It is better to learn the best way to negotiate for a new roof before sealing the deal with the seller.
Should a Buyer Pay for a New Roof?
As a buyer, the very first thing you should consider doing is making the seller pay for the new roof if your dream home needs a new roof.
For a good deal, the onus should fall on the seller to fix the damaged roof by whatever options he or she prefers.
As a buyer, you should not pay for a new roof for a new home, except in cases where the seller has agreed unequivocally to reduce the value of the home to the tune of the cost of replacement.
Asides from the cases where the seller agrees to reduce the value of the home, buyers can also decide to pay for a new roof if there are no major damages to the old roof, and the buyer simply wants to change the roof for aesthetic purposes or to suit his taste.
Reasons Why a Buyer Should Pay for a New Roof
- When there are no major damages to the roof: On a few occasions, the buyer simply decides while the negotiations are ongoing that he wants to change the roof because he wants to, and not because there are any damages to the roof. On such occasions, the responsibility of paying for a new roof rests solely on the buyer and not the seller.
- For aesthetic purposes: Buyers might decide that they do not like the roof, or that they want a different color of the roof from what it is currently, or they want a different roof structure or type, or simply that it doesn’t suit their taste. Here the buyer should pay for the roof.
What Should I Do if Seller Refuses to Replace Roof?
When the seller of your dream home refuses to replace the roof, or make necessary repairs on the home you want to purchase, and such a seller remains adamant after negotiations, the wise thing to do will be to call the deal off.
Buying a home from a seller should not be a do-or-die affair. If the seller isn’t meeting your needs or your demands, and you are simply not okay with the terms of negotiation, then it is within your rights to call off the deal.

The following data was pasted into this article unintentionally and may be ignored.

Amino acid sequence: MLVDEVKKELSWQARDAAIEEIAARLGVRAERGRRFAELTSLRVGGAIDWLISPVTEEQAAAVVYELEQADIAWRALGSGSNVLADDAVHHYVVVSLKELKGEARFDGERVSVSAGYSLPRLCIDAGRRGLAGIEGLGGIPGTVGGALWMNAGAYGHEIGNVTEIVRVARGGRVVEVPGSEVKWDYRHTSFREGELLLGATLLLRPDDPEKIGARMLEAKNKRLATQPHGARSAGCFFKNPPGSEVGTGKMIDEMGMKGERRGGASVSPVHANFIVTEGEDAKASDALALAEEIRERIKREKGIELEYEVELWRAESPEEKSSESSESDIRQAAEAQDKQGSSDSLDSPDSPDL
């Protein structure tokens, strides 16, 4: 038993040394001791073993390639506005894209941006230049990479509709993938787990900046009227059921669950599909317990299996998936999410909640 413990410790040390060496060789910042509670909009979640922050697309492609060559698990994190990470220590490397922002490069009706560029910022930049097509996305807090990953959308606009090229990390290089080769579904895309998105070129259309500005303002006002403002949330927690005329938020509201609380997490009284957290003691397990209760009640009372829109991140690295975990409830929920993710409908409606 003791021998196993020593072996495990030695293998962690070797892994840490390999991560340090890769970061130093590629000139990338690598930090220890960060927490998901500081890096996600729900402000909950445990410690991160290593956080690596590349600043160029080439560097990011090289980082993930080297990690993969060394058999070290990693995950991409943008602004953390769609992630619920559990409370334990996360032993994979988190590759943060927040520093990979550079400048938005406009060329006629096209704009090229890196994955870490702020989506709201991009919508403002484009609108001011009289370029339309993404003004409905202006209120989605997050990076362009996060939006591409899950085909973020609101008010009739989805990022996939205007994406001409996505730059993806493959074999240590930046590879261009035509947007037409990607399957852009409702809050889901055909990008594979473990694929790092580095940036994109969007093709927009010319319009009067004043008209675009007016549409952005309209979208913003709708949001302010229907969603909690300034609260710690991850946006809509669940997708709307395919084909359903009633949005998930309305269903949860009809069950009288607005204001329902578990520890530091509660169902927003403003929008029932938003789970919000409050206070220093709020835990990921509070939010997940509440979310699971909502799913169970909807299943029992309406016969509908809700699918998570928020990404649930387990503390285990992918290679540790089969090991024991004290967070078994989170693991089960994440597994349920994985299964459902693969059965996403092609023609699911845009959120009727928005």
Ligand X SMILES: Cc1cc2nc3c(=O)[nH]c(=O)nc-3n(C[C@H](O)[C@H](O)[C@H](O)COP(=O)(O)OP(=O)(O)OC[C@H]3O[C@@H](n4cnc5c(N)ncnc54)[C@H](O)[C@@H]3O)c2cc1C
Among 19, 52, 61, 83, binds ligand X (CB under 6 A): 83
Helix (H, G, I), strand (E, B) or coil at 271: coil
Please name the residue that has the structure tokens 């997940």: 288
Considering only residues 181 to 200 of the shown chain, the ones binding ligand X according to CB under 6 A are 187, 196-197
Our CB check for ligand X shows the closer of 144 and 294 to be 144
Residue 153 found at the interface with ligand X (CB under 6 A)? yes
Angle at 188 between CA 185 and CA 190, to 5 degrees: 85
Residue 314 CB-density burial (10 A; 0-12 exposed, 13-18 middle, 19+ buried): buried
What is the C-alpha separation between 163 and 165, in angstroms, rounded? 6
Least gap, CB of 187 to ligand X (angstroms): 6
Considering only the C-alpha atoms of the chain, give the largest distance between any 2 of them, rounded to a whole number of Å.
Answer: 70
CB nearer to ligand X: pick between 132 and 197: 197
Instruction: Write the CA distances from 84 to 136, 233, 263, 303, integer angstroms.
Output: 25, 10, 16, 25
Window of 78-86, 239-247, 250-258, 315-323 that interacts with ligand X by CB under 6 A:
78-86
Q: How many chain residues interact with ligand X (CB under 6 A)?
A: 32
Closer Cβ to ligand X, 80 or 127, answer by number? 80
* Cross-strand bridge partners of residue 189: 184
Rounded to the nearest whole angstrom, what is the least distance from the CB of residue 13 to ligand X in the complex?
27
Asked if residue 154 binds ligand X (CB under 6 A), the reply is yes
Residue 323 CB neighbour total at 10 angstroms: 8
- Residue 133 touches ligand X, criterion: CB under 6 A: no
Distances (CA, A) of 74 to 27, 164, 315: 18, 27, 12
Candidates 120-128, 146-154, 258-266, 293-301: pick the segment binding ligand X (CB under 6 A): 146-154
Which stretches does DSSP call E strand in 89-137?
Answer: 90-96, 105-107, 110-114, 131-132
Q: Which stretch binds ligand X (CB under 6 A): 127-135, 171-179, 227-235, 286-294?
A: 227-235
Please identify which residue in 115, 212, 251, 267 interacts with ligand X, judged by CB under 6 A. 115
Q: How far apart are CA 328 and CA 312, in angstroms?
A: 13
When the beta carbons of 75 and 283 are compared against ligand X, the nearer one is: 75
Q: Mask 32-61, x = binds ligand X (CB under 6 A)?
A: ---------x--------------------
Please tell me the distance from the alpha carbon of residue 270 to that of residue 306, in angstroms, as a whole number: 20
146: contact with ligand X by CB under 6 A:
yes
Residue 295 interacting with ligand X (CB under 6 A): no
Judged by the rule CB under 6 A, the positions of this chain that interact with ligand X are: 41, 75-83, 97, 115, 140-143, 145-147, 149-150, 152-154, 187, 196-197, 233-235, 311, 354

As long as you have not entered a legal contract with such a seller, call off the deal and look elsewhere for sellers that will meet your needs. If you keep searching, there will always be the right seller waiting.
It is important to never enter a deal – in this case, continue with the purchase of the house – if there is obvious discord between you and the seller, if positions aren’t clearly stated, or if you are going to feel ripped off at the end of it.
Where you get a seller who is heady about your needs, call the deal off and find other sellers. Learn how to get a new roof for free here.
Can You Sell a Home With a Bad Roof?
Yes. You can sell a home with a bad roof. The downside to this, however, is that the value of the home will plummet as a result of the bad roof.
Say, the actual value of the home, with a decent roof, is two hundred thousand dollars ($200,000), the value of the home might drop by several thousands of dollars as a result of the bargain purchase over the damaged roof.
A buyer can argue that he would have to repair or replace the roof, and it will cost a lot of money, therefore, as a result, he can’t buy the home for more than one forty thousand dollars ($140,000). For this reason, it is better to replace the roof before selling the home.
To speed up the process of negotiations and upwardly appraise the home on sale, it is always better for the seller to agree to pay for a new roof during negotiations or opt for replacing the roof of the home with a new roof. In the end, it puts everyone in a better position.